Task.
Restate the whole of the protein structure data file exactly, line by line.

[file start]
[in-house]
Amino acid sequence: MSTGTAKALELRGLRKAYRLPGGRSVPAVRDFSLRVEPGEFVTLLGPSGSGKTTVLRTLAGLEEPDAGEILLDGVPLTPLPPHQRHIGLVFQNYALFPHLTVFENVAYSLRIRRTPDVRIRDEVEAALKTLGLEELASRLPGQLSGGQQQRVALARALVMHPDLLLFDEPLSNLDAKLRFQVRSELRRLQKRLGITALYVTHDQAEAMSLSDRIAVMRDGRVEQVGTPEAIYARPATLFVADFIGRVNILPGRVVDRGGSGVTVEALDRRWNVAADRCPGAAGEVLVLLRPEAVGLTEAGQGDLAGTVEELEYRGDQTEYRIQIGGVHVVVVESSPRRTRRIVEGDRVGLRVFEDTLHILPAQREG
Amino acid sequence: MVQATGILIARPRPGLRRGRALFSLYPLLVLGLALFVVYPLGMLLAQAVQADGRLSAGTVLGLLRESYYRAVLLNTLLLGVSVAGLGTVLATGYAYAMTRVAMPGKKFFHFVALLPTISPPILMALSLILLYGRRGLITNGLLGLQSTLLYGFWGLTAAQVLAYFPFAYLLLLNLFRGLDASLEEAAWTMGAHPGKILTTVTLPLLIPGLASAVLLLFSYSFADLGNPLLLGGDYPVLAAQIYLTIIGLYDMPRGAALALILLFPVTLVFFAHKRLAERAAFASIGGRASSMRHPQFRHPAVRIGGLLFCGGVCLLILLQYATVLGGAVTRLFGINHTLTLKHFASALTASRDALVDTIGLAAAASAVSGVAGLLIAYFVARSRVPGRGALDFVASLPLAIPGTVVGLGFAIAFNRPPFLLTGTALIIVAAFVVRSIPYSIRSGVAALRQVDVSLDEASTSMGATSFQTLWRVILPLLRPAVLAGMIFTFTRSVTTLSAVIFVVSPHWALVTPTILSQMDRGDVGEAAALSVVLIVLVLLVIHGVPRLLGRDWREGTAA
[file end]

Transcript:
[in-house]
Amino acid sequence: MSTGTAKALELRGLRKAYRLPGGRSVPAVRDFSLRVEPGEFVTLLGPSGSGKTTVLRTLAGLEEPDAGEILLDGVPLTPLPPHQRHIGLVFQNYALFPHLTVFENVAYSLRIRRTPDVRIRDEVEAALKTLGLEELASRLPGQLSGGQQQRVALARALVMHPDLLLFDEPLSNLDAKLRFQVRSELRRLQKRLGITALYVTHDQAEAMSLSDRIAVMRDGRVEQVGTPEAIYARPATLFVADFIGRVNILPGRVVDRGGSGVTVEALDRRWNVAADRCPGAAGEVLVLLRPEAVGLTEAGQGDLAGTVEELEYRGDQTEYRIQIGGVHVVVVESSPRRTRRIVEGDRVGLRVFEDTLHILPAQREG
Amino acid sequence: MVQATGILIARPRPGLRRGRALFSLYPLLVLGLALFVVYPLGMLLAQAVQADGRLSAGTVLGLLRESYYRAVLLNTLLLGVSVAGLGTVLATGYAYAMTRVAMPGKKFFHFVALLPTISPPILMALSLILLYGRRGLITNGLLGLQSTLLYGFWGLTAAQVLAYFPFAYLLLLNLFRGLDASLEEAAWTMGAHPGKILTTVTLPLLIPGLASAVLLLFSYSFADLGNPLLLGGDYPVLAAQIYLTIIGLYDMPRGAALALILLFPVTLVFFAHKRLAERAAFASIGGRASSMRHPQFRHPAVRIGGLLFCGGVCLLILLQYATVLGGAVTRLFGINHTLTLKHFASALTASRDALVDTIGLAAAASAVSGVAGLLIAYFVARSRVPGRGALDFVASLPLAIPGTVVGLGFAIAFNRPPFLLTGTALIIVAAFVVRSIPYSIRSGVAALRQVDVSLDEASTSMGATSFQTLWRVILPLLRPAVLAGMIFTFTRSVTTLSAVIFVVSPHWALVTPTILSQMDRGDVGEAAALSVVLIVLVLLVIHGVPRLLGRDWREGTAA